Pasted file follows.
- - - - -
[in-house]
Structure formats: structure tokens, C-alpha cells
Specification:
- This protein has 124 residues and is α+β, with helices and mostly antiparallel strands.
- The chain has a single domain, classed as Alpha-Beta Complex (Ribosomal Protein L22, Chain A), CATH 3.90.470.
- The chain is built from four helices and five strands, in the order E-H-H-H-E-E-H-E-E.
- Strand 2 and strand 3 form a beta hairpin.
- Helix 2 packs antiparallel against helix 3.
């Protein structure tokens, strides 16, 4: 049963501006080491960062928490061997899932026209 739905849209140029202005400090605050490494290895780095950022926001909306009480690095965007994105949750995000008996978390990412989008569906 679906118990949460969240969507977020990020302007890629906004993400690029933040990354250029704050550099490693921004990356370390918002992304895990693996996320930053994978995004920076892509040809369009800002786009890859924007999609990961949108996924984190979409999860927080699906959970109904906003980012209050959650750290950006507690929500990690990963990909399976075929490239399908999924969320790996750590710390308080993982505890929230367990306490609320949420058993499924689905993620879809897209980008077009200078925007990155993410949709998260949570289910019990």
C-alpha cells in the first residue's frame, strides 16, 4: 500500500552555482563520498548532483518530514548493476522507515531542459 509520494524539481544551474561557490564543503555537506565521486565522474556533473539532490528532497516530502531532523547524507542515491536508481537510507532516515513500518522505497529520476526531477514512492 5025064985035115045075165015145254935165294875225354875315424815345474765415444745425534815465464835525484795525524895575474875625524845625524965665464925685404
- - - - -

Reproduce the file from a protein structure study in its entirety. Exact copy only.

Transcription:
[in-house]
Structure formats: structure tokens, C-alpha cells
Specification:
- This protein has 124 residues and is α+β, with helices and mostly antiparallel strands.
- The chain has a single domain, classed as Alpha-Beta Complex (Ribosomal Protein L22, Chain A), CATH 3.90.470.
- The chain is built from four helices and five strands, in the order E-H-H-H-E-E-H-E-E.
- Strand 2 and strand 3 form a beta hairpin.
- Helix 2 packs antiparallel against helix 3.
């Protein structure tokens, strides 16, 4: 049963501006080491960062928490061997899932026209 739905849209140029202005400090605050490494290895780095950022926001909306009480690095965007994105949750995000008996978390990412989008569906 679906118990949460969240969507977020990020302007890629906004993400690029933040990354250029704050550099490693921004990356370390918002992304895990693996996320930053994978995004920076892509040809369009800002786009890859924007999609990961949108996924984190979409999860927080699906959970109904906003980012209050959650750290950006507690929500990690990963990909399976075929490239399908999924969320790996750590710390308080993982505890929230367990306490609320949420058993499924689905993620879809897209980008077009200078925007990155993410949709998260949570289910019990």
C-alpha cells in the first residue's frame, strides 16, 4: 500500500552555482563520498548532483518530514548493476522507515531542459 509520494524539481544551474561557490564543503555537506565521486565522474556533473539532490528532497516530502531532523547524507542515491536508481537510507532516515513500518522505497529520476526531477514512492 5025064985035115045075165015145254935165294875225354875315424815345474765415444745425534815465464835525484795525524895575474875625524845625524965665464925685404